@contact   = Contact Information
The items on the left of the equals sign ('=') are the properties of this scene. They represent what this scene can show or do. The stuff on the right side of the equals sign is what will be displayed or used. For the Title scene, this information is displayed when your story is first loaded (i.e., a title screen). The @Name, @author, and @artist are required, the rest are optional. However, I strongly encourage you to use all the fields so you get proper credit for writing your story! The @Name property is what will be displayed in the New Game dialog. It is also displayed on the title screen. Go ahead and change the various properties here to suit your liking. For now, enter Kamishibai Tutorial as the name. You can change the information in the other fields as you wish, but for now keep the text you enter fairly short until you get a feel for how much can be displayed. I will show you how to do that in just a moment.
The next scene is the [Setup] scene. This looks like the following in your new gamefile.txt file:
          @musicdir   = music
          @sounddir   = sounds
          @imagedir   = images
          @FirstScene = Scene 1
This scene tells the Kamishibai viewer where to find the images, sounds, and music files. Each of the first three items specify the name of folders in your story folder where music, sound, and images are stored, respectively. This setup scene also indicates which is the first scene of your story. For now, just leave these things alone. (Note: if you don't specify a scene name in @FirstScene, the first scene that isn't a [Title] or [Setup] scene will be used as the first scene of the story.)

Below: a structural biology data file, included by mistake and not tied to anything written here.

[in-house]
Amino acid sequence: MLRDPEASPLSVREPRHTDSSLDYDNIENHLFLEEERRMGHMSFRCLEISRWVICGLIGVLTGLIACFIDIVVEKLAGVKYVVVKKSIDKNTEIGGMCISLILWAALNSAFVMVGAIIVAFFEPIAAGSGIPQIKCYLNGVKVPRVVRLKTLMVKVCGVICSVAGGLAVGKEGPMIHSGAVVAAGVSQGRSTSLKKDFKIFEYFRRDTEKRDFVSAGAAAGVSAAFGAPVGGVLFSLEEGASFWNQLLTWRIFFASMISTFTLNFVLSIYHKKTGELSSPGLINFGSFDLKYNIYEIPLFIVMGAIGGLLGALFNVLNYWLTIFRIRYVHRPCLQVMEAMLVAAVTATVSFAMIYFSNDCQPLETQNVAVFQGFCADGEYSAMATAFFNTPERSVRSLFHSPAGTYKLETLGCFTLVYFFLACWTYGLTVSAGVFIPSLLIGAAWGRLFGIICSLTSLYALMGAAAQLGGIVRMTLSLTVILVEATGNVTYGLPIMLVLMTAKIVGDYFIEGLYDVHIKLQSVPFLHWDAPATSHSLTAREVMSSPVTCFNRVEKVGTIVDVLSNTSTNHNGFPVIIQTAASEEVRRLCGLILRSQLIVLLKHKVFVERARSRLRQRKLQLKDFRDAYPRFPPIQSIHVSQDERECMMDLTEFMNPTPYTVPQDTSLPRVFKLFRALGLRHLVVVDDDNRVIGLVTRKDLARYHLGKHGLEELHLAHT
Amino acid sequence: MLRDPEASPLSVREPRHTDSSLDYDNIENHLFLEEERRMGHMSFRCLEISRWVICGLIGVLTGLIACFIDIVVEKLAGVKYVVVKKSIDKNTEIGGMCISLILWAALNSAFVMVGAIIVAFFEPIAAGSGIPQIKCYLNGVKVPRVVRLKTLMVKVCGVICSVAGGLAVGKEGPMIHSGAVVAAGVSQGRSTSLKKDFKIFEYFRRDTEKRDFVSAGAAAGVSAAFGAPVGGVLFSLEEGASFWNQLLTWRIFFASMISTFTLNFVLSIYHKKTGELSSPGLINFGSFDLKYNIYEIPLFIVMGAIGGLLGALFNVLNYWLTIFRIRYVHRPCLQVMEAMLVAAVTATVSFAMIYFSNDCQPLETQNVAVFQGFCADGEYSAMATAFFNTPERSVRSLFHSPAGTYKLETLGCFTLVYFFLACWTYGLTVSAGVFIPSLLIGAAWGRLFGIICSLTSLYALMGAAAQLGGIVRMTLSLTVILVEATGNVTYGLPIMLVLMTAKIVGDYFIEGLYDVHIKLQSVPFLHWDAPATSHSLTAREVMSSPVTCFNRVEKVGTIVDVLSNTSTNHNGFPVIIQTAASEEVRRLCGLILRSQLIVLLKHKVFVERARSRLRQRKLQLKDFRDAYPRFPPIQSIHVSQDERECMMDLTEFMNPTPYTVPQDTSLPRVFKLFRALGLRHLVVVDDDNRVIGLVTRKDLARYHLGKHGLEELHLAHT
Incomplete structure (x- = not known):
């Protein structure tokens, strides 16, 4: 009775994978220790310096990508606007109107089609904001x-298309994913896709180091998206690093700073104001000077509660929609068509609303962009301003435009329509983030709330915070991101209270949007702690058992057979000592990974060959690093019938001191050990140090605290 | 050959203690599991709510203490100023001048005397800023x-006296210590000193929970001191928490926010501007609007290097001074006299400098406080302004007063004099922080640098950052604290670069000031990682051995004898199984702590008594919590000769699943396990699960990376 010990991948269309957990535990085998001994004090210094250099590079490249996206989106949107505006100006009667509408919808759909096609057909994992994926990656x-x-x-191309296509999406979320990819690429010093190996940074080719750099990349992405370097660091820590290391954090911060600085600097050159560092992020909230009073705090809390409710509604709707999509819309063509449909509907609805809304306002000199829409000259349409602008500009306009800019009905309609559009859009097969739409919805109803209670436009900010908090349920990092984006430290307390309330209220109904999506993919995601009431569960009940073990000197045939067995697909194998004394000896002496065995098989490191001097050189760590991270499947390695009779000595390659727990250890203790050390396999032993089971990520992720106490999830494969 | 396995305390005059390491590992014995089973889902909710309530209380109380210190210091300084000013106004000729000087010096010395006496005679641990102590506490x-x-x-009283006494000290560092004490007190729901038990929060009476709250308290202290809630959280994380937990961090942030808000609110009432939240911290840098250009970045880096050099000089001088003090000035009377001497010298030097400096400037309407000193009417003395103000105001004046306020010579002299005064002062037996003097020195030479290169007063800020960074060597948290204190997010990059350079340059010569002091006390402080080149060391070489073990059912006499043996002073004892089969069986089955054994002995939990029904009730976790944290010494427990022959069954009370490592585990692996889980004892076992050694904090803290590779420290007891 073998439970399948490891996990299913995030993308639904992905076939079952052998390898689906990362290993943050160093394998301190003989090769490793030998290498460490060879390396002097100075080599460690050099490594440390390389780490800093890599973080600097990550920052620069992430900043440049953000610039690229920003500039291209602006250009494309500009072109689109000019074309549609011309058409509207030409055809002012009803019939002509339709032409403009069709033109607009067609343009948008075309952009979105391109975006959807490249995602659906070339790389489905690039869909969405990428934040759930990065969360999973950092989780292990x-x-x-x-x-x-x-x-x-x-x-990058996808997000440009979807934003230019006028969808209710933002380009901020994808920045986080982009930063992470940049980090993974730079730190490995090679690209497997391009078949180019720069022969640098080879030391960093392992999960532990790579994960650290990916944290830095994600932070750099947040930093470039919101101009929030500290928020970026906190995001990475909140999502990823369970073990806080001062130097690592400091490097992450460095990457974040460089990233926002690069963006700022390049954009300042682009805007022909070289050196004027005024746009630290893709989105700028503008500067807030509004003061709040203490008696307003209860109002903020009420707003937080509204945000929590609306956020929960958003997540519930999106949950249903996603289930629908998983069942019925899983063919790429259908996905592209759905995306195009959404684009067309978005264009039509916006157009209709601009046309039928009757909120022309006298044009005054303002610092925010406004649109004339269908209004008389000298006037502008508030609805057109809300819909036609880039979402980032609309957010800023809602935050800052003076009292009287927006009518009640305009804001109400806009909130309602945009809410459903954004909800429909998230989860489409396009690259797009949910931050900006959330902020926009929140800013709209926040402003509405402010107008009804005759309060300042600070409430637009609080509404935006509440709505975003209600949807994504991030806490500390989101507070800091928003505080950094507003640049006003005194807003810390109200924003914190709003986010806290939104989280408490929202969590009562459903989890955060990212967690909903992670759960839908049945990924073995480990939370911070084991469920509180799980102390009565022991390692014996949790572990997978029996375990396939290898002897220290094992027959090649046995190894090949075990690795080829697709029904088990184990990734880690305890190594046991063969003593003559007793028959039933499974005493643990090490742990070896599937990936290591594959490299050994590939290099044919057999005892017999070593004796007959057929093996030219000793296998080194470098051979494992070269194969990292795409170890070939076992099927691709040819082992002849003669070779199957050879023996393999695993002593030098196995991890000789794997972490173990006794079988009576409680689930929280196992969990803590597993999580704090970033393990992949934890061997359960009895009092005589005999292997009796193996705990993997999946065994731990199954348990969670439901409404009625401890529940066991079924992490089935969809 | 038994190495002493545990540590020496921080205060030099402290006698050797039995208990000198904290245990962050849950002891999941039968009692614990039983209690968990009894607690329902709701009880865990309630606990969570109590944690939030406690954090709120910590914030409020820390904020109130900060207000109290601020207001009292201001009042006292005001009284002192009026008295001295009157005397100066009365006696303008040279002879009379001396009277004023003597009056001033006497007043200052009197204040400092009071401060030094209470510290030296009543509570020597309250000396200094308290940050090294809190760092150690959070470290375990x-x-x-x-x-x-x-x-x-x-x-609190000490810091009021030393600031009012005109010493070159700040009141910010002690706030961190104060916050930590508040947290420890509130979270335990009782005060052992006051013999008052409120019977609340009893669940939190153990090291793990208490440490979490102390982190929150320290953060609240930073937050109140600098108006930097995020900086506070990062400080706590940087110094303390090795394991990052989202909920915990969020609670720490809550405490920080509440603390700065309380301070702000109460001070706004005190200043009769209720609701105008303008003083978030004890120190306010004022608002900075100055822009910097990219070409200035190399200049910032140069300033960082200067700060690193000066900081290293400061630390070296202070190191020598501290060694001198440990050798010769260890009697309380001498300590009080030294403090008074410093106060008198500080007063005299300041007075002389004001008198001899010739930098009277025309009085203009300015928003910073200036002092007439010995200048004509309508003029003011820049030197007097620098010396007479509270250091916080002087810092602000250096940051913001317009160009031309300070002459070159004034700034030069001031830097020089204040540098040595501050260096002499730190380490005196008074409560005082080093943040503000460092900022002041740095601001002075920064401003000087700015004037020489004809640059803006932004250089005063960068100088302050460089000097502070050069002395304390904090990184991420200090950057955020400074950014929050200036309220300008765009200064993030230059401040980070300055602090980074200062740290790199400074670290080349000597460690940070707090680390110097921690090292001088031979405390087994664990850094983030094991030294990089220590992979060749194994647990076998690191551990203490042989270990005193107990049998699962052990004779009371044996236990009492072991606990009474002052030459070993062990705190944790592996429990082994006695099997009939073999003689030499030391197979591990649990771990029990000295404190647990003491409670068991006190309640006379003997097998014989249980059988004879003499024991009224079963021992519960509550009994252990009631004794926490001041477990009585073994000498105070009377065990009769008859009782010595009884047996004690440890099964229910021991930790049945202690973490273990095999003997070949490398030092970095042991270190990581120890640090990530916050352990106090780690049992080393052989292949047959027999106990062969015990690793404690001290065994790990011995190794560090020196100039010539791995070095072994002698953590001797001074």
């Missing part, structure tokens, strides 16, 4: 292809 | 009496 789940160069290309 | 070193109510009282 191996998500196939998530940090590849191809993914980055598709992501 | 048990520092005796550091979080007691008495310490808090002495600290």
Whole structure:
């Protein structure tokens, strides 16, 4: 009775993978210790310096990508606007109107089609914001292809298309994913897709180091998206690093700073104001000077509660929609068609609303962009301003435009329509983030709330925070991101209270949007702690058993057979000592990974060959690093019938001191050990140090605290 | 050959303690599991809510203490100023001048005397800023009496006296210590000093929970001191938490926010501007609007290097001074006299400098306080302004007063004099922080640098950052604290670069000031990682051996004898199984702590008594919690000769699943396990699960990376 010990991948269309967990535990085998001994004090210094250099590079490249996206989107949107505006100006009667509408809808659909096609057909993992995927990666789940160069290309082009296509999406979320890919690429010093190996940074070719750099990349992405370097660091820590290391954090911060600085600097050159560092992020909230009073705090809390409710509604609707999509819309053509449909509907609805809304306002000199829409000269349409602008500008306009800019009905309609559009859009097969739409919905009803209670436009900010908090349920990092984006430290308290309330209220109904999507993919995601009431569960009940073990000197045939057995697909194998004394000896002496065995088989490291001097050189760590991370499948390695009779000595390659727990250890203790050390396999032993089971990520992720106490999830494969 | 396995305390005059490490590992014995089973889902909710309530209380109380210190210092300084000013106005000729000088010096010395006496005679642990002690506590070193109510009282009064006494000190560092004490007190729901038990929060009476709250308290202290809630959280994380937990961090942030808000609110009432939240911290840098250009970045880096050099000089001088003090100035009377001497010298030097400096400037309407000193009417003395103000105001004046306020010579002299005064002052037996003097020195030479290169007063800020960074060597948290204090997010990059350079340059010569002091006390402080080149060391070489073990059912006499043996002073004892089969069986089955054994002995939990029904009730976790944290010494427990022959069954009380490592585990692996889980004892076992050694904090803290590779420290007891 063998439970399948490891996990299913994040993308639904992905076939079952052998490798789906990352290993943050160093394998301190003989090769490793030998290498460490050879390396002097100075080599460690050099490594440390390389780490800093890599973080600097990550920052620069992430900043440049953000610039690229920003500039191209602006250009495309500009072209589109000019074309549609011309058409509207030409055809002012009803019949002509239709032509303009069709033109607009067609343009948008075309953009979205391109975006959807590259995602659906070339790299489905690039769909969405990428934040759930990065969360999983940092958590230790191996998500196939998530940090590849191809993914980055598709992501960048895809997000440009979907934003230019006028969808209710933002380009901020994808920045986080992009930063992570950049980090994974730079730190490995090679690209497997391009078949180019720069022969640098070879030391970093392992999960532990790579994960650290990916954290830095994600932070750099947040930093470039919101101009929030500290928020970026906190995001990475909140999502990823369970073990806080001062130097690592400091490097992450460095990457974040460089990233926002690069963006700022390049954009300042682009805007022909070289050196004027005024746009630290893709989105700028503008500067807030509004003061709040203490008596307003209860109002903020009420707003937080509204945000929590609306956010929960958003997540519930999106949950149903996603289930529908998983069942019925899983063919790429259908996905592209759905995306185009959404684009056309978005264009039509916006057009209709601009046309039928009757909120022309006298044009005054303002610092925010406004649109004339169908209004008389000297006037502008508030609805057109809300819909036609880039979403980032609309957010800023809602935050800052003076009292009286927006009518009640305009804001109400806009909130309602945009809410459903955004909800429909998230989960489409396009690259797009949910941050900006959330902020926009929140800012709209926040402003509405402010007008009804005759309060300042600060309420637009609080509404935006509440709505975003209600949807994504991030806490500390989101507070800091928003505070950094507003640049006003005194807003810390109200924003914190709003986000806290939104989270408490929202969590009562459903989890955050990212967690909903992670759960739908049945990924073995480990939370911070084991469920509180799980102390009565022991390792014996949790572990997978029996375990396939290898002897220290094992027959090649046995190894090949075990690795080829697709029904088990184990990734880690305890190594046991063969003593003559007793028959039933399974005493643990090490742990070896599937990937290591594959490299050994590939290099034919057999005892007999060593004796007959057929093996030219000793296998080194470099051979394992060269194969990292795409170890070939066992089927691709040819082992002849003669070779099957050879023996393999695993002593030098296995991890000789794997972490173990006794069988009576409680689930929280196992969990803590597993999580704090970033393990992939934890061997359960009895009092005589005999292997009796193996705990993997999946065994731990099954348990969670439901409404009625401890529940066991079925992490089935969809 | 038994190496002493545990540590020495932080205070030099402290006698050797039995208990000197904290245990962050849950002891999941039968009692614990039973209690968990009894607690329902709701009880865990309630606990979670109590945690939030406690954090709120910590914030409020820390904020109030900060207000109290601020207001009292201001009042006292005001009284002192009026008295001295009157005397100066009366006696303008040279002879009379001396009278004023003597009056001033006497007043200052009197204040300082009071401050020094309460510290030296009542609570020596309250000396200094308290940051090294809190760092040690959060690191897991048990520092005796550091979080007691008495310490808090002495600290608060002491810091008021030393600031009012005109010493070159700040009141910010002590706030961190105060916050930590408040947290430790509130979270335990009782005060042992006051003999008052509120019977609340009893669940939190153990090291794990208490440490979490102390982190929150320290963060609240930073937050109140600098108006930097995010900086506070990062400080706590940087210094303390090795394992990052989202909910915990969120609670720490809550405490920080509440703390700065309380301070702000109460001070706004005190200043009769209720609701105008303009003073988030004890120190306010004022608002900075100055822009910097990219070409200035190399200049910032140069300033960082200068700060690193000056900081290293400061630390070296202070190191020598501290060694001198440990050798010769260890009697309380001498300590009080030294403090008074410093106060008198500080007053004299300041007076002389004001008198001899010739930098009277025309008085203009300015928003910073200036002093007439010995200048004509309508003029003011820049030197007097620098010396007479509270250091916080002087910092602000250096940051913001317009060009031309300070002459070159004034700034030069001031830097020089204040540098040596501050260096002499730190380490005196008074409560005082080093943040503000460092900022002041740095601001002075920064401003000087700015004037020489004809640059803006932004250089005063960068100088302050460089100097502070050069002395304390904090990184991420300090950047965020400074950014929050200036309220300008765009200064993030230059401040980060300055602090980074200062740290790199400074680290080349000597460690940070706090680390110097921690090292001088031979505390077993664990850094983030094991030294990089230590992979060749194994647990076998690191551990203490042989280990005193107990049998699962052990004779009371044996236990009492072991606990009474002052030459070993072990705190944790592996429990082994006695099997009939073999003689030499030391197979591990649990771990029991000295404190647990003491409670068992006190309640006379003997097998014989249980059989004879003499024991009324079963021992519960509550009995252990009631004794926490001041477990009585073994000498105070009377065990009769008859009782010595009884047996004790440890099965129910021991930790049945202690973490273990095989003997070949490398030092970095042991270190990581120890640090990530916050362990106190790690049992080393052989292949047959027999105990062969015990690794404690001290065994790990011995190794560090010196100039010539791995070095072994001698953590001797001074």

The next scene that appears in your gamefile.txt file is currently labeled [Scene 1]. You can name this scene anything you want just so long as the @FirstScene property of the [Setup] scene has the same name. Here is a basic scene:
          [Scene 1]
          @image       = scene1.png
          @music       = scene1.mid
          @description = Once upon a time, in a land far, far away...
          @option1     = Continue
          @link1       = Scene 2
This scene will display an image called scene1.png, start playing some music called scene1.mid, and display the text given in the @description property. The @option1 property displays a label with the text Continue that the user can click on to move to the next scene. The @link1 property tells Kamishibai what scene to go to when the user clicks on the option. There can be up to 4 options. Every option must have a link and every link must have an option.
Here is a second scene to go with the first scene:
          [Scene 2]
          @image       = scene2.png
          @sound       = scene2.wav
          @description = A dragon was eating a peasant.
          @option1     = Continue
          @link2       = Scene 3
          @option2     = Back
          @link2       = Scene 1
In this scene, we have a new image, scene2.png, and a sound effect called scene2.wav. This sound will be played only once and then stop. There is an option to play the sound more than once but more on that later.